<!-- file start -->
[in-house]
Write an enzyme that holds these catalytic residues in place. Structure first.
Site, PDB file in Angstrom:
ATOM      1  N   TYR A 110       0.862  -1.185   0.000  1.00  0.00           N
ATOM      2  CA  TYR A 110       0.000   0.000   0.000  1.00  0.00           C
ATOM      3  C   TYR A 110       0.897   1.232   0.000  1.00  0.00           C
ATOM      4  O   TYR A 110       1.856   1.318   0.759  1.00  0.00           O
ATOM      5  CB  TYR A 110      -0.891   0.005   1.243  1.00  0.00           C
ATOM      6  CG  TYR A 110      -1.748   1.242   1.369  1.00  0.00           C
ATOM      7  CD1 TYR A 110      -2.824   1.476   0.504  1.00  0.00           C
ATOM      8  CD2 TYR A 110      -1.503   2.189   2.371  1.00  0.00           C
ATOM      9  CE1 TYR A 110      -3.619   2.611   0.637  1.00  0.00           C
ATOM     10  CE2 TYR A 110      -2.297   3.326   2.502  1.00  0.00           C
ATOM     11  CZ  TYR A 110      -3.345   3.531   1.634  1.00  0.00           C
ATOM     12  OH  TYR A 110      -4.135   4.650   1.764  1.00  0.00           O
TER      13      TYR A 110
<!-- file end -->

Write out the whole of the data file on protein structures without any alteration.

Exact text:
[in-house]
Write an enzyme that holds these catalytic residues in place. Structure first.
Site, PDB file in Angstrom:
ATOM      1  N   TYR A 110       0.862  -1.185   0.000  1.00  0.00           N
ATOM      2  CA  TYR A 110       0.000   0.000   0.000  1.00  0.00           C
ATOM      3  C   TYR A 110       0.897   1.232   0.000  1.00  0.00           C
ATOM      4  O   TYR A 110       1.856   1.318   0.759  1.00  0.00           O
ATOM      5  CB  TYR A 110      -0.891   0.005   1.243  1.00  0.00           C
ATOM      6  CG  TYR A 110      -1.748   1.242   1.369  1.00  0.00           C
ATOM      7  CD1 TYR A 110      -2.824   1.476   0.504  1.00  0.00           C
ATOM      8  CD2 TYR A 110      -1.503   2.189   2.371  1.00  0.00           C
ATOM      9  CE1 TYR A 110      -3.619   2.611   0.637  1.00  0.00           C
ATOM     10  CE2 TYR A 110      -2.297   3.326   2.502  1.00  0.00           C
ATOM     11  CZ  TYR A 110      -3.345   3.531   1.634  1.00  0.00           C
ATOM     12  OH  TYR A 110      -4.135   4.650   1.764  1.00  0.00           O
TER      13      TYR A 110